740.0011 European War 1939/33034/5

The British Ambassador (Lothian) to President Roosevelt

Dear Mr. President: I enclose two copies of the proposal for a communication by yourself to Mussolini which I discussed with you last night. I am also sending one to Mr. Hull, though I am not certain it will reach him before he sees you. The text has been agreed with the French Ambassador.

Believe me [etc.]


P. S. I presume that the U. S. A. would participate in this discussion to the extent that its own interests were engaged.



The Allied Governments suggest that the President on his own initiative should ask Signor Mussolini for the reasons which apparently induce him to contemplate an immediate entry into the war against the Allies and that he should further state that if Signor Mussolini will inform him of his grievances or claims against the Allies he will [Page 710] immediately communicate them to the Allied Governments in order to leave nothing undone to prevent an extension of the war.

They suggest that the President should inform Signor Mussolini that he had reason to believe that the attitude of the Allies towards the Italian Government can be defined as follows:

The Allied Governments are aware that the Italian Government entertains certain grievances in regard to Italian position in the Mediterranean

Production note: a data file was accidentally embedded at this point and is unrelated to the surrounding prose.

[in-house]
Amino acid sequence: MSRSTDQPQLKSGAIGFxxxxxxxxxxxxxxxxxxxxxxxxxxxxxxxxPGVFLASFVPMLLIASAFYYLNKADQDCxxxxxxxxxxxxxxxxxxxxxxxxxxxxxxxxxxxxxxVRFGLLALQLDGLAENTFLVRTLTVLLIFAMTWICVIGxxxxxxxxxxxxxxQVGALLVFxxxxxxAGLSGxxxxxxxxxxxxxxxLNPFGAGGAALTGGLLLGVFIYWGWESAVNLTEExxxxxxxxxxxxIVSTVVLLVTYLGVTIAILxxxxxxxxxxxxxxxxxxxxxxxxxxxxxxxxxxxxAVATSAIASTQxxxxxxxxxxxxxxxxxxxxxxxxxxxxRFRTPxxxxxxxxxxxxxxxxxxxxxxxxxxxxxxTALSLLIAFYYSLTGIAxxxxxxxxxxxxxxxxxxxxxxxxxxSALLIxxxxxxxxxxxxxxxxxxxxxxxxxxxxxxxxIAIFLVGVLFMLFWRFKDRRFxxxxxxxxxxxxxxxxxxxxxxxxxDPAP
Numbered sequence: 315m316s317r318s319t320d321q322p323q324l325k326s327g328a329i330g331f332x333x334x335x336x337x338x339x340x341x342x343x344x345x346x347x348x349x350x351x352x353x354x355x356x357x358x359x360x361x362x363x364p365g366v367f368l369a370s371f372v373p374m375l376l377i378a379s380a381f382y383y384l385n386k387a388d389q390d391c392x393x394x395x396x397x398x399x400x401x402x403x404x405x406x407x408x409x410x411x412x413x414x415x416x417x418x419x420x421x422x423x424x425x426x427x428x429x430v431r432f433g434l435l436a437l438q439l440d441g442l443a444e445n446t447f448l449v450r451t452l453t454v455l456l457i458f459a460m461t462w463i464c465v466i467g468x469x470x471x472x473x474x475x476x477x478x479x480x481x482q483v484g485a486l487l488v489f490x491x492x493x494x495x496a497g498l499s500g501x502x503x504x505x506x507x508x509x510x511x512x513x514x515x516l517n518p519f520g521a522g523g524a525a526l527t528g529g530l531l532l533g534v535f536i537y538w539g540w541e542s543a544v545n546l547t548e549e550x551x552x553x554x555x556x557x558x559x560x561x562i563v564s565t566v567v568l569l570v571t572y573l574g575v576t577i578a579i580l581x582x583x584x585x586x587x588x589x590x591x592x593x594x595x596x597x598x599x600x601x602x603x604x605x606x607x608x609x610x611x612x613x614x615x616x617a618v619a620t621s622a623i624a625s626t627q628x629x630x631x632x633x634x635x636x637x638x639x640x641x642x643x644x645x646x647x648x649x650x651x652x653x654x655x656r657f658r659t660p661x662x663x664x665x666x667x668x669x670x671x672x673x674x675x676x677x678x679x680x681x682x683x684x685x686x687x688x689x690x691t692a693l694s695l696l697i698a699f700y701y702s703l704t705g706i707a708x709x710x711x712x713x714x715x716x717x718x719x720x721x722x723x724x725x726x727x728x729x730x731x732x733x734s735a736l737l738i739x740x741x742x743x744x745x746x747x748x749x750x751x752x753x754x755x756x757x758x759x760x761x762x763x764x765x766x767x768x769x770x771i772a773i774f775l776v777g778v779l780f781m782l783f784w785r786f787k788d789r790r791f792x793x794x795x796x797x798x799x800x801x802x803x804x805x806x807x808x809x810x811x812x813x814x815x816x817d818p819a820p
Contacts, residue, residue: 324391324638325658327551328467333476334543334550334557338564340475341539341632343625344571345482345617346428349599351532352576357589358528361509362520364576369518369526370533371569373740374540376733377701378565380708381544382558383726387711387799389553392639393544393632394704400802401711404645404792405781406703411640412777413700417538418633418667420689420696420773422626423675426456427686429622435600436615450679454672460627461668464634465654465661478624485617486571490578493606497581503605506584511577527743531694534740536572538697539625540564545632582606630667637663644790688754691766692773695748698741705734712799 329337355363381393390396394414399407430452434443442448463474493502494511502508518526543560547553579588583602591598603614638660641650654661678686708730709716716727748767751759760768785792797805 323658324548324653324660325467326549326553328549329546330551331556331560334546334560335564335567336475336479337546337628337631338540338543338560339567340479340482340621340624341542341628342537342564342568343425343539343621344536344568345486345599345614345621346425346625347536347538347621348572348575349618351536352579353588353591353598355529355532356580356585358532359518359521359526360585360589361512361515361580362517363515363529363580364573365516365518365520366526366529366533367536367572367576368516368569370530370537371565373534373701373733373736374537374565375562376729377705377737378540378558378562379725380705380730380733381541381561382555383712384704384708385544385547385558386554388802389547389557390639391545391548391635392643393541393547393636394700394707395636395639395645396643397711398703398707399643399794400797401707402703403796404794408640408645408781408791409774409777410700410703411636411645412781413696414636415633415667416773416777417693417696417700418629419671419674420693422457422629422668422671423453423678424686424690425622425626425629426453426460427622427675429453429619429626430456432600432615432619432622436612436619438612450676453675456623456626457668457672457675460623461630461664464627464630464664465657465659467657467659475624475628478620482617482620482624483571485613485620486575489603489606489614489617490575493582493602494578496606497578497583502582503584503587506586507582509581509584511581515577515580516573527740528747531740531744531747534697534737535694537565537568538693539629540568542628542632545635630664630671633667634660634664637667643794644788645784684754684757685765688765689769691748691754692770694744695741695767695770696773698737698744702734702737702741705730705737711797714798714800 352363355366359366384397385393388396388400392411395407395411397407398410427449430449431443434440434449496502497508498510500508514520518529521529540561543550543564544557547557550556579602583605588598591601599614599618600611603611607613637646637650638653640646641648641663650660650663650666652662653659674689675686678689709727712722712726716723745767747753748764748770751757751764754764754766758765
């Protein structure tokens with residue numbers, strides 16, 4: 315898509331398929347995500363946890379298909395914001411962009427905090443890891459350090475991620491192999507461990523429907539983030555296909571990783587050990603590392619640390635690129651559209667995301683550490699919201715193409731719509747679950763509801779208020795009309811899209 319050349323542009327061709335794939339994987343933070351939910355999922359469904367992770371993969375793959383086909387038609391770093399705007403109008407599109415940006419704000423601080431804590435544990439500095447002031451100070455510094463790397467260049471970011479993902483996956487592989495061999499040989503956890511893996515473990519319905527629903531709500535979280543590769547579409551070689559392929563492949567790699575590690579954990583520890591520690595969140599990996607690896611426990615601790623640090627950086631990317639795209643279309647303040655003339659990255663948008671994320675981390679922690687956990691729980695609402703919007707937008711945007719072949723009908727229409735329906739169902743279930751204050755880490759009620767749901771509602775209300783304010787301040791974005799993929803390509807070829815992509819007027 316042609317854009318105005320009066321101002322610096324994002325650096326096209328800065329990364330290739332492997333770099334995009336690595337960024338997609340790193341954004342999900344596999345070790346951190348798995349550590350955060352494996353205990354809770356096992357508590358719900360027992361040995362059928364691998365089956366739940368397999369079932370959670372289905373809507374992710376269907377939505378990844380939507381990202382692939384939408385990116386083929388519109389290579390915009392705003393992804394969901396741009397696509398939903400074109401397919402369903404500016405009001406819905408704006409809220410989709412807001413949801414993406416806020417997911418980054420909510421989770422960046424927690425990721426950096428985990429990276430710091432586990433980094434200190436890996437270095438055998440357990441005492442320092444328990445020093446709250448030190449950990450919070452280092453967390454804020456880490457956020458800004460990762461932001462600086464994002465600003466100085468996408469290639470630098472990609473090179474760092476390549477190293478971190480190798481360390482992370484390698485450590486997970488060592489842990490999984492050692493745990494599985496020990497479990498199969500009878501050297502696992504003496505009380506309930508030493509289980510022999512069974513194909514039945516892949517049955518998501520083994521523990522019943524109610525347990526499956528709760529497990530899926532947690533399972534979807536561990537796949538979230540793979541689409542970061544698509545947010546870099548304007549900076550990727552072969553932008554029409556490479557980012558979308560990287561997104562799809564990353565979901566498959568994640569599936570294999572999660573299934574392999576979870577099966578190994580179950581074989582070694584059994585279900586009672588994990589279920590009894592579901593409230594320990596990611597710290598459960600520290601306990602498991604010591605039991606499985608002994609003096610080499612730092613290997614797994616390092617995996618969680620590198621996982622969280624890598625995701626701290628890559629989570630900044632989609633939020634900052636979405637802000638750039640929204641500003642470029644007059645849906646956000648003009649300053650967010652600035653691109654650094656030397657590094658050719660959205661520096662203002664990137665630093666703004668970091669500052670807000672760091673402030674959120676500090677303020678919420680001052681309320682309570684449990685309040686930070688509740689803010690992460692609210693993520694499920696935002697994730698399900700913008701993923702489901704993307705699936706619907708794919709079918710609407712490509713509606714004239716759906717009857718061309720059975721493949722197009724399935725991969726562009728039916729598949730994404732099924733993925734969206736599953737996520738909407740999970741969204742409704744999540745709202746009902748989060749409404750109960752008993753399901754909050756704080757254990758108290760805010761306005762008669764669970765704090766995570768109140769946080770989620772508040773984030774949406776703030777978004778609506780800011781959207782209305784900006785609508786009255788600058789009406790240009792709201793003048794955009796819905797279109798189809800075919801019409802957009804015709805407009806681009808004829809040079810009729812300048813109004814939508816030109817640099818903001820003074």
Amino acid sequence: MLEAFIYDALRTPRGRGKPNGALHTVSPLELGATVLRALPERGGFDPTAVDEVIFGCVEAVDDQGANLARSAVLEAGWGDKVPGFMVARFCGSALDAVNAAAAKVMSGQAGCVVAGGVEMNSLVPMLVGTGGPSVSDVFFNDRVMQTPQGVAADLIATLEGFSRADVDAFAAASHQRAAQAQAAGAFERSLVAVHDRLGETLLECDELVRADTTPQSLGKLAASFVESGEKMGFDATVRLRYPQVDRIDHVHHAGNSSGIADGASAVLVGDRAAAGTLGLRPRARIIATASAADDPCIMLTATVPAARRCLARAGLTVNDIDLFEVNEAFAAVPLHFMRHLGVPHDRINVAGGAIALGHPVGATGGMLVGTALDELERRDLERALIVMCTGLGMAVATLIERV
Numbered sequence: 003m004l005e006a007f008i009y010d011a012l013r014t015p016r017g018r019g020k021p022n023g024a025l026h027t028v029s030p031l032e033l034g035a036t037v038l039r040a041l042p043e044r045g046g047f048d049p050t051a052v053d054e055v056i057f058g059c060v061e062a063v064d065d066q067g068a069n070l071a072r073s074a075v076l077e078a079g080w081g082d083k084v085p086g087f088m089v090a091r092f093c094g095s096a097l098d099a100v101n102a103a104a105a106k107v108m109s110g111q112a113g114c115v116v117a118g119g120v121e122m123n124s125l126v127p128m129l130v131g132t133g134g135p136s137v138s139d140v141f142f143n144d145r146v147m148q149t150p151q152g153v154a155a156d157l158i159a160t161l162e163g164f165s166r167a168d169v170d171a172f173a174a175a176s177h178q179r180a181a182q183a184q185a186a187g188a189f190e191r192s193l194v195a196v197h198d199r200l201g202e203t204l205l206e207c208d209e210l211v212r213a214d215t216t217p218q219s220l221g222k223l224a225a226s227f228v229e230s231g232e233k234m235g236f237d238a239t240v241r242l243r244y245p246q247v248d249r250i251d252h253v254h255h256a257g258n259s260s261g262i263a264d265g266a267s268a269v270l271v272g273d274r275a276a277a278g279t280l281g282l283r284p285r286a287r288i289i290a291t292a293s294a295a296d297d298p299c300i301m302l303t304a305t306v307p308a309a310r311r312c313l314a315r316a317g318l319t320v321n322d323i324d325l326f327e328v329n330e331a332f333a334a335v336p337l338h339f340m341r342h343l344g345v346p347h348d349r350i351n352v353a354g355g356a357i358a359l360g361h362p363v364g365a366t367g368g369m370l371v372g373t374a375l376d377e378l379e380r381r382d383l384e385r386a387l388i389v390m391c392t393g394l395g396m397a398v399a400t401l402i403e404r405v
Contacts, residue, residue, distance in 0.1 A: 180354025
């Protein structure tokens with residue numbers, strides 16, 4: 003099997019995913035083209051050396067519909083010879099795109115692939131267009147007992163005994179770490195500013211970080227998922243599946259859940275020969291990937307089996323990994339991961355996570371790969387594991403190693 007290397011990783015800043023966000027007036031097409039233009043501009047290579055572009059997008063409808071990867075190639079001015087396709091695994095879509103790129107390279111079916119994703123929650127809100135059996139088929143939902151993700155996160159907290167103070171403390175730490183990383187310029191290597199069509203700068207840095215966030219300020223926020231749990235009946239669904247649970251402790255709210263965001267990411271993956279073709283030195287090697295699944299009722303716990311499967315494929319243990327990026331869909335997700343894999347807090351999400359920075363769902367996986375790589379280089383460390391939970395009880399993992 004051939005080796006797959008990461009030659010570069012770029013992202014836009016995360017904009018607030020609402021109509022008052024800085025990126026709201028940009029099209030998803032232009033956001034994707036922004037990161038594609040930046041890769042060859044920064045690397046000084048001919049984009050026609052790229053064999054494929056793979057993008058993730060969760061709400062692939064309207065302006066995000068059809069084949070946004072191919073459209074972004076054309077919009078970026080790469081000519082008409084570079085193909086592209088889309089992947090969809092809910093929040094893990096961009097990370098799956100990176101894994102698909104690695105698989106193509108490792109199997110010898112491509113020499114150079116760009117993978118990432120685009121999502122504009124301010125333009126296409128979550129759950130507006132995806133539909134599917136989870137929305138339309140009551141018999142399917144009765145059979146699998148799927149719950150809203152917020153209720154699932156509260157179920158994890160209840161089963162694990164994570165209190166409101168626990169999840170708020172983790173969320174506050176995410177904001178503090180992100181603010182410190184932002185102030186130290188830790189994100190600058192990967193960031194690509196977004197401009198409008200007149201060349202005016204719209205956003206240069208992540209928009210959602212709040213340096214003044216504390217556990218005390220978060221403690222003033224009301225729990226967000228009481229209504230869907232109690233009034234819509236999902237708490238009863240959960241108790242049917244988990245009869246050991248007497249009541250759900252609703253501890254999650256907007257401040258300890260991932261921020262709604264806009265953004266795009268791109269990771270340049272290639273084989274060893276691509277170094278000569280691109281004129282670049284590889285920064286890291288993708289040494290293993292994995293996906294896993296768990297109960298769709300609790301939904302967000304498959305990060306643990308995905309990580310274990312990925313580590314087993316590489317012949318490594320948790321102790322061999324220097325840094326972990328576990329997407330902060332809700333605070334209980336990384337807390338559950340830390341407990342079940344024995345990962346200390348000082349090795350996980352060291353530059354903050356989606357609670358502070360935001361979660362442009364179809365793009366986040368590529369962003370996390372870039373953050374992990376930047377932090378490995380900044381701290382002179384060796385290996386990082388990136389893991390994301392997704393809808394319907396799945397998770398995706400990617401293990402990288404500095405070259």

That the Allied Governments are prepared to take into consideration all reasonable Italian claims and to attempt to reach an agreement with Italy at once for a settlement which would come into force as soon as the war was ended.
The Allied Governments would welcome Italian participation at the peace conference with a status equal to that of the belligerents.

Signor Mussolini would thus be invited by the President to notify him for transmission to the Allies of the claims of Italy the fulfilment of which would in his view ensure the establishment in the Mediterranean of a new order guaranteeing to Italy the satisfaction of her legitimate aspirations in that sea. If the negotiations succeeded the President would then formally record:

The agreement thus arrived at
The undertaking of the Allies to execute the agreement at the end of the war
The assurance of Signor Mussolini that the claims of Italy would be satisfied by the execution of this agreement. The agreement thus arrived at to be dependent of course on Italy not entering the war against the Allies.